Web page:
Amazon's Kindle hit an important and startling milestone yesterday: On Christmas, the company sold more Kindle books than physical books.
Yes, this is obviously the result of everyone who got a Kindle for Christmas (lots of folks) firing it up and ordering a bunch of eBooks on a day in which most physical-book readers weren't shopping. But it's still important and impressive.
The Kindle's economics are still lousy for Amazon: The company loses money on new releases and makes only a modest amount on older titles, thus losing an estimated $1 per Kindle book.
That said, Amazon's strategy is clearly to drive "ubiquity," and based on stats like those above, it is succeeding. The more Kindle books Amazon sells, the more leverage it will have over publishers when it tries to force them to cut wholesale prices. If Amazon's Kindle momentum continues, the day publishers have to capitulate will come sooner rather than later.
And, despite publishers' cries, this is not necessarily bad for publishers: If publishers cut wholesale prices, Amazon will be able to cut retail prices. If the retail prices are cut to nominal levels—$2.99 or $3.99 per copy—sales velocity should soar. Publishers and writers will make less per unit, but the increased volume should make up a lot of the difference.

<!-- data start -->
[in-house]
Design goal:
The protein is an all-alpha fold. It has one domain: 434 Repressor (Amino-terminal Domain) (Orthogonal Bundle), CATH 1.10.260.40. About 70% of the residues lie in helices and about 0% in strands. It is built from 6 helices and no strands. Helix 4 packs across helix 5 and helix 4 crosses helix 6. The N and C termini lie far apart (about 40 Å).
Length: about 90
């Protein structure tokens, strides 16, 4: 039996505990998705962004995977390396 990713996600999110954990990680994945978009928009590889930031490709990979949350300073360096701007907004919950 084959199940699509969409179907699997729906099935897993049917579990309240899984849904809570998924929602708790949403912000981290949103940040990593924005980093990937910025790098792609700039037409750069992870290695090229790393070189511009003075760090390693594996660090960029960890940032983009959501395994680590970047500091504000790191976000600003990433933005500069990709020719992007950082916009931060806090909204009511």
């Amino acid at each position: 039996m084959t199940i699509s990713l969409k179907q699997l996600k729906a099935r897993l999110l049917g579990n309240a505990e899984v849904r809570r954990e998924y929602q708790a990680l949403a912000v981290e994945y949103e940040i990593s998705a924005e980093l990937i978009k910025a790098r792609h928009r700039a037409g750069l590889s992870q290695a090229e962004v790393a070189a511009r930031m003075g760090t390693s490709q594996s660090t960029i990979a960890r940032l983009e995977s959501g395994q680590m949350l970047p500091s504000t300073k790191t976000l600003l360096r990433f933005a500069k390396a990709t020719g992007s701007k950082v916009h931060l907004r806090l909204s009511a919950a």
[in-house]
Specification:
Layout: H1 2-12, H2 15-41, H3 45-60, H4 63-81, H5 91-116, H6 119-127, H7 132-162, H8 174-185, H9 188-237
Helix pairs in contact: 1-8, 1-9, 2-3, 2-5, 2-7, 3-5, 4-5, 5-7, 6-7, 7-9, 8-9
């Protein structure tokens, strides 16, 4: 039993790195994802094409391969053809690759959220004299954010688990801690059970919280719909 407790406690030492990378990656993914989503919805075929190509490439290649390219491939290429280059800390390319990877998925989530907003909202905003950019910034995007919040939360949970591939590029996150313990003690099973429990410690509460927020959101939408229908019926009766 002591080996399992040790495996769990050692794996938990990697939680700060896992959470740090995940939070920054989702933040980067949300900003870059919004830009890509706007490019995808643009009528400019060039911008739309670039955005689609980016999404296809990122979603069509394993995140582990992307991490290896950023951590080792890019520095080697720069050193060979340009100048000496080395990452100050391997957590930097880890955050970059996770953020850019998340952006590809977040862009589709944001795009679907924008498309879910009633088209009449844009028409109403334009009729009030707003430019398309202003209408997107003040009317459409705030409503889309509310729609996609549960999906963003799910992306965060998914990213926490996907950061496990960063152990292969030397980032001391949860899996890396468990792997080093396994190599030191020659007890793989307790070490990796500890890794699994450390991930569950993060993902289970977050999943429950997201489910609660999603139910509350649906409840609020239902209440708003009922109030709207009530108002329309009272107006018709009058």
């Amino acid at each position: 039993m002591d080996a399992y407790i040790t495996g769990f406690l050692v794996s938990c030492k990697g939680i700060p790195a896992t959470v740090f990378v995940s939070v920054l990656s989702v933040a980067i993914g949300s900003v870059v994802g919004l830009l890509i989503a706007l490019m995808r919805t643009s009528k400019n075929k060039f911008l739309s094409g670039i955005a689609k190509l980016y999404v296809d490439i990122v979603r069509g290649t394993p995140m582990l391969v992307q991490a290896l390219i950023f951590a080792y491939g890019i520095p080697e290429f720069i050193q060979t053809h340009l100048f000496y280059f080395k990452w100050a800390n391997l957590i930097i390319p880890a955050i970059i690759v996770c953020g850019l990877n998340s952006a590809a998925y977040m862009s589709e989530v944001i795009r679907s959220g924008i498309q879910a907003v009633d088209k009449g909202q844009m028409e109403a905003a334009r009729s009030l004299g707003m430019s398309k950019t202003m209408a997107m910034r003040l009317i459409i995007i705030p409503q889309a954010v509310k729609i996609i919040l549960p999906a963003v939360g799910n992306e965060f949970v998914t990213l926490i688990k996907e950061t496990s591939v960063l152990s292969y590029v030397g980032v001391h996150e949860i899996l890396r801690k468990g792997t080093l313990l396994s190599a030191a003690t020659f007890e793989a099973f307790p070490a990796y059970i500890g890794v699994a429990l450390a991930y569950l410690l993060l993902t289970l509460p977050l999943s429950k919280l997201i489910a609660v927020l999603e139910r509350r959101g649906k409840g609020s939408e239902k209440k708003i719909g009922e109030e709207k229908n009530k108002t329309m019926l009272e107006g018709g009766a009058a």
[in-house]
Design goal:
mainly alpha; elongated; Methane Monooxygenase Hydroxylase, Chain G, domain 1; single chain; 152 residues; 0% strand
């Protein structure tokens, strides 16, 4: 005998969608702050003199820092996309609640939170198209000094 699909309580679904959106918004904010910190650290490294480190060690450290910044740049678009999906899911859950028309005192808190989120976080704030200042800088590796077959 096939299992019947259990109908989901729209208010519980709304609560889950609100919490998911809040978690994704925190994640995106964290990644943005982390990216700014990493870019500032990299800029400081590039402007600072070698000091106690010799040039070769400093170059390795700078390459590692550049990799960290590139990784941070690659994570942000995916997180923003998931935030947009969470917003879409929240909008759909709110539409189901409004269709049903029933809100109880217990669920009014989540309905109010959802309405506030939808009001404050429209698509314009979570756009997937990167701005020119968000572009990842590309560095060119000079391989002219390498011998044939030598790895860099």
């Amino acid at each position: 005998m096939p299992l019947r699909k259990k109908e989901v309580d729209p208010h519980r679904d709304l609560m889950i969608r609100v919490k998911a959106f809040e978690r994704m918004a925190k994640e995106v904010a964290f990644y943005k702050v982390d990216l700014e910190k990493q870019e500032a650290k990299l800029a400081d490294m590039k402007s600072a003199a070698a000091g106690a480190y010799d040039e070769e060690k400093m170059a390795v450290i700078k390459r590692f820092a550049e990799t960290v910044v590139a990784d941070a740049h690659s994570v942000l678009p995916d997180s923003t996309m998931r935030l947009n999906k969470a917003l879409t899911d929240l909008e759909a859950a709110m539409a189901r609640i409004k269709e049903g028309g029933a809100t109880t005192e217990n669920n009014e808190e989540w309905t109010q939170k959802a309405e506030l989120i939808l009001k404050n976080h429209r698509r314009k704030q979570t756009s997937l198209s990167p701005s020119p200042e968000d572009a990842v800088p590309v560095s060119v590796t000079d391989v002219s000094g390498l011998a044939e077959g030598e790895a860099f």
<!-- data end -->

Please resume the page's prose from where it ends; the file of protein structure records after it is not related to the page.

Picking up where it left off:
Amazon's release below.
Amazon Kindle is the Most Gifted Item Ever on Amazon.comOn Christmas Day, for the First Time Ever, Customers Purchased More Kindle Books Than Physical BooksSEATTLE, Dec 26, 2009 (BUSINESS WIRE) — Amazon.com, Inc. (NASDAQ:AMZN) today announced that Kindle has become the most gifted item in Amazon's history. On Christmas Day, for the first time ever, customers purchased more Kindle books than physical books. The Kindle Store now includes over 390,000 books and the largest selection of the most popular books people want to read, including New York TimesBestsellersand New Releases.
"We are grateful to our customers for making Kindle the most gifted item ever in our history," said Jeff Bezos, founder and CEO of Amazon.com. "On behalf of Amazon.com employees around the world, we wish everyone happy holidays and happy reading!"
On Amazon's peak day, Dec. 14, 2009, customers ordered over 9.5 million items worldwide, which is a record-breaking 110 items per second.
Amazon.com 2009 Holiday Facts (www.amazon.com only):
Amazon.com's Hot Holiday Bestsellers (Nov. 15 through Dec. 19, based on units ordered):